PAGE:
8000 calls flood in to NSW WorkChoices hotline

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8000 calls flood in to NSW WorkChoices hotline

The NSW Government’s ‘Fair Go’ hotline to deal with questions about the WorkChoices legislation has already taken almost 8000 calls.

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The NSW Government’s ‘Fair Go’ hotline to deal with questions about the WorkChoices legislation has already taken almost 8000 calls.

The Minister for Industrial relations, John Della Bosca, told NSW Parliament yesterday that this meant that 8,000 employers and employees in the State needed assistance from the Office of Industrial Relations to attempt to understand their new rights, ‘or the lack of them’, and obligations in the WorkChoices environment.

‘These calls have revealed the real impact of WorkChoices on workplaces in New South Wales,’ he said.

Some of the complaints

Della Bosca listed some of the problems callers had raised regarding how the WorkChoices legislation was being imposed:

  • A South Coast caravan park employee who moved from interstate to take up a new job was sacked after raising concerns about her Australian workplace agreement [AWA];
  • A Nambucca woman had a job offer withdrawn when she raised a simple question about the AWA she was offered. She was then told, ‘You are not the right sort of person’;
  • A Sydney woman was told, ‘the award does not apply any more’, and she will no longer receive penalty rates on weekends;
  • On 28 March a single mother was dismissed from a hairdressing salon after five years of service;
  • A third-year apprentice baker-pastry cook who was asked to sign an agreement without penalty rates;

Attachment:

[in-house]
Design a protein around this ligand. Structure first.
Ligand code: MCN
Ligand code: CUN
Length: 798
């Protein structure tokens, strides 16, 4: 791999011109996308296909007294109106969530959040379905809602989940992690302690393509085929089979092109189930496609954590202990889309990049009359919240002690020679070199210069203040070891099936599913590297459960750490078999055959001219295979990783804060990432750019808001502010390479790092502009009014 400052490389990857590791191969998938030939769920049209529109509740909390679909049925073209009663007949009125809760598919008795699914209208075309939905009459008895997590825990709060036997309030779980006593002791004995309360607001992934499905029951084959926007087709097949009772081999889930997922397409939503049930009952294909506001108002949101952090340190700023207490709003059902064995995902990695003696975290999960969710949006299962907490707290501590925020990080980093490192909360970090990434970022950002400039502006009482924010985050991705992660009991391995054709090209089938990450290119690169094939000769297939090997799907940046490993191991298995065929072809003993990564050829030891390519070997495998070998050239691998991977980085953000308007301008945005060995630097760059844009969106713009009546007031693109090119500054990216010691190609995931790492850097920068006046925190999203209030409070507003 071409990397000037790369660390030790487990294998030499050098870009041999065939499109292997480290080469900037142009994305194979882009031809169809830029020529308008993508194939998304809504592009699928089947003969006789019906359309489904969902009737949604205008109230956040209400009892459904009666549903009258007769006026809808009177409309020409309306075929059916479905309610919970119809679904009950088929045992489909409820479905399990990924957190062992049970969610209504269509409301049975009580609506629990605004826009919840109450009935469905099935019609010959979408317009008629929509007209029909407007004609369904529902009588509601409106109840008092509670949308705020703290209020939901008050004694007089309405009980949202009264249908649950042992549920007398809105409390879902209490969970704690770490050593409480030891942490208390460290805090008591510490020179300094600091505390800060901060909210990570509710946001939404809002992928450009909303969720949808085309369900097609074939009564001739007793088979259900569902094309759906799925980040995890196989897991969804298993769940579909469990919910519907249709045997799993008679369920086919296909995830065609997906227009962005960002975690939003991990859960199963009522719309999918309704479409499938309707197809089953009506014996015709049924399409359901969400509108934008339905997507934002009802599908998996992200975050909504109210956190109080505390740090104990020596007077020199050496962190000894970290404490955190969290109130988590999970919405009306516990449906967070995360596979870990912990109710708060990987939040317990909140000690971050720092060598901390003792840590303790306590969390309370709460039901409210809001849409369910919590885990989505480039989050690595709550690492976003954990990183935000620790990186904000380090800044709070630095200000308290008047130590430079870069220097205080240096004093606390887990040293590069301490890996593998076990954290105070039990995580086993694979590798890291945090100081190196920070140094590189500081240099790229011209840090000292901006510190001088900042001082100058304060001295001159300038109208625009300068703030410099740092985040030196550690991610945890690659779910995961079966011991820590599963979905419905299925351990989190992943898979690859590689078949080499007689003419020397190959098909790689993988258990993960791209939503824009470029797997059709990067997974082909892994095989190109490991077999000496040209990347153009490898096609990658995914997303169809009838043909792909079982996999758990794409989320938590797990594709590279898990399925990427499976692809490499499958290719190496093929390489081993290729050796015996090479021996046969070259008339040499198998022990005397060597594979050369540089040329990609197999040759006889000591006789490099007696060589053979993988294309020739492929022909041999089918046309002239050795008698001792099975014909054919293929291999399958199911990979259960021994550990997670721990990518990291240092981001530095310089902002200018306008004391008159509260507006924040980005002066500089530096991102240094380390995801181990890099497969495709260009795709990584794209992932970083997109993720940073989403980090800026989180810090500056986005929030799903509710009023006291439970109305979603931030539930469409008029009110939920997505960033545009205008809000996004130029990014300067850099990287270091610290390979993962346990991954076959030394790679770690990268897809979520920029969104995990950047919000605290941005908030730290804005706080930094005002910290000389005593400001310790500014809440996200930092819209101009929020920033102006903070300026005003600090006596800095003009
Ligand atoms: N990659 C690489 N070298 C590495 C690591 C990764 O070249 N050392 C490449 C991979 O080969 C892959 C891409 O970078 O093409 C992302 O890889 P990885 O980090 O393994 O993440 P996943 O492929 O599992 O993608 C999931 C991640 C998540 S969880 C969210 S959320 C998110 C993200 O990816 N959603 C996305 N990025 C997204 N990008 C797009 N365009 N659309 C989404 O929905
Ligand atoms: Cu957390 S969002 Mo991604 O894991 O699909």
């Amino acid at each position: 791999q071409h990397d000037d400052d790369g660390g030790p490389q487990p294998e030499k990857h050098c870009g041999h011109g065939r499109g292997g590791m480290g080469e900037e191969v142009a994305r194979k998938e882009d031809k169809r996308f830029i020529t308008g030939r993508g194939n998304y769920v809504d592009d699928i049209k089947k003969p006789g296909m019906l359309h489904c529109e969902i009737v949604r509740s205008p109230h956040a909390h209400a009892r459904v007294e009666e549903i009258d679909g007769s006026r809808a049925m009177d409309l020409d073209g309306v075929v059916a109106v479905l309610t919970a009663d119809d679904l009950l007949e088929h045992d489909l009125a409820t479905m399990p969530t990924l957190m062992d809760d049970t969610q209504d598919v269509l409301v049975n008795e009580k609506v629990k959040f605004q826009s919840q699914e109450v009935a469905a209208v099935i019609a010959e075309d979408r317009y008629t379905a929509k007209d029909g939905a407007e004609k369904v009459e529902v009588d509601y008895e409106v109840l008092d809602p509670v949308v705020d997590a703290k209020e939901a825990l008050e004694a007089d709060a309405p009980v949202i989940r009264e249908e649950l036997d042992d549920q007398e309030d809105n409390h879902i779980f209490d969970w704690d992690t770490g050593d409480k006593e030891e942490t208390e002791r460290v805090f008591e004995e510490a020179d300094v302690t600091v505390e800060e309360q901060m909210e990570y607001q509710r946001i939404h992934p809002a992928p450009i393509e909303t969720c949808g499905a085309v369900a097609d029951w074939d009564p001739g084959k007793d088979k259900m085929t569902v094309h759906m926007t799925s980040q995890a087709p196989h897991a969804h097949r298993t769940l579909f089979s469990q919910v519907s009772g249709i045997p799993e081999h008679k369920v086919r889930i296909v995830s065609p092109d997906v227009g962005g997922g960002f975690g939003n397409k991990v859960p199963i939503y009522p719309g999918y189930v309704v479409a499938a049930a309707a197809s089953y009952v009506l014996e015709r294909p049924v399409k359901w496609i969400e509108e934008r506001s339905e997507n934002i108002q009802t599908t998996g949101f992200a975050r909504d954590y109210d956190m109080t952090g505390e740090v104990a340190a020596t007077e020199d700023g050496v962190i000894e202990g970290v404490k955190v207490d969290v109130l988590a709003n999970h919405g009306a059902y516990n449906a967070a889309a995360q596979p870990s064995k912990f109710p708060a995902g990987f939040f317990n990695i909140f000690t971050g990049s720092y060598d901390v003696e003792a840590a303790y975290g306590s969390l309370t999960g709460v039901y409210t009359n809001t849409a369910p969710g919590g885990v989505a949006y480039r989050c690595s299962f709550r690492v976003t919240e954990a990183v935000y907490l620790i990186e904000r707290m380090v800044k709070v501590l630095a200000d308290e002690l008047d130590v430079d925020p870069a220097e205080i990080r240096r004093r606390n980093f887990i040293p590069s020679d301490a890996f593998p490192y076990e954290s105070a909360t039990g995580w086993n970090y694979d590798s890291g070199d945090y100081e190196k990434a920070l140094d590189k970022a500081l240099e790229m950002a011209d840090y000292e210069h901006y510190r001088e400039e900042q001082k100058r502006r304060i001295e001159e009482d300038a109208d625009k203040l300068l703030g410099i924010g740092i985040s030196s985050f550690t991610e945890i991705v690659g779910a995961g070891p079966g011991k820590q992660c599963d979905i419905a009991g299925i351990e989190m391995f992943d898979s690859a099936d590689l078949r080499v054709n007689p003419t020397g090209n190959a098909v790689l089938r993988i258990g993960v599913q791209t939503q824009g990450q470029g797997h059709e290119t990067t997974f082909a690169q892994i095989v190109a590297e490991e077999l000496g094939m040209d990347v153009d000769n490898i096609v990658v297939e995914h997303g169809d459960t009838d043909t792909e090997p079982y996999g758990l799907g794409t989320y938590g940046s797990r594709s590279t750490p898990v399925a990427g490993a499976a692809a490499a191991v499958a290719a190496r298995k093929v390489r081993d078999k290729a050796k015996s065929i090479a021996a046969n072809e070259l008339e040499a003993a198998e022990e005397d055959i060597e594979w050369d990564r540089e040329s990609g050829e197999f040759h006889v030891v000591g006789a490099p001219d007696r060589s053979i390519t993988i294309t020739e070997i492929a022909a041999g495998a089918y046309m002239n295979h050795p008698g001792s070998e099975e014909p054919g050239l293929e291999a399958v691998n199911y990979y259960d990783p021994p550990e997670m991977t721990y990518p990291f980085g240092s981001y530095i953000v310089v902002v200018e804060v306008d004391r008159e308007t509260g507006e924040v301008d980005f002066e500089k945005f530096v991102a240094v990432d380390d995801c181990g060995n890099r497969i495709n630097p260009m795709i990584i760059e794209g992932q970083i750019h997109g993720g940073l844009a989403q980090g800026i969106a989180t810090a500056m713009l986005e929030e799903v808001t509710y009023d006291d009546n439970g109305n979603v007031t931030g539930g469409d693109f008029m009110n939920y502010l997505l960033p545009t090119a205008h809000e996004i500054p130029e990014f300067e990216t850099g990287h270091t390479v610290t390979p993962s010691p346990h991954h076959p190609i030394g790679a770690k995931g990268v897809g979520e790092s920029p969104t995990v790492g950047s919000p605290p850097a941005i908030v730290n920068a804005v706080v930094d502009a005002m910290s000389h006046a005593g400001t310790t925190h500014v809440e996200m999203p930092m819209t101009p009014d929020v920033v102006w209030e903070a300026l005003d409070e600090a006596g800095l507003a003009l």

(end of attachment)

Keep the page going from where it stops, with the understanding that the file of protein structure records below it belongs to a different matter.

• A Cobar club employee who had worked part-time for more than two years but who was sacked this week without reason;
  • A meatworker from Lithgow who was working only a few days when he suffered an injury at work and was then sacked on the first day of WorkChoices;
  • A casual machine operator who had worked for his employer for two years but when he requested two days off work was sacked.

Seminar program

Della Bosca said the Office of Industrial Relations is running an expanded seminar program throughout NSW to help employers and employees understand their rights and obligations under this State’s laws.

‘Ironically, employees at the Department of Employment and Workplace Relations were some of the first people to sign up for these seminars, which have been extremely well attended and filled with NSW employers concerned about the negative impact of WorkChoices on their businesses,’ he said.

‘They are concerned about being forced off awards and into the federal system; they are concerned about staff morale and productivity; they are concerned about the complex and prescriptive nature of WorkChoices and the increased risk of non-compliance; and they are concerned about the onerous and costly record-keeping requirements.

‘The bottom line is that WorkChoices is overly complex, prescriptive, and confusing for everyone.’

Fair Go advisory line

The Fair Go advisory service can be reached on 13 16 28

Related

NSW women get help on WorkChoices

‘Cowardly’ NSW Opposition ducks WorkChoices vote

 

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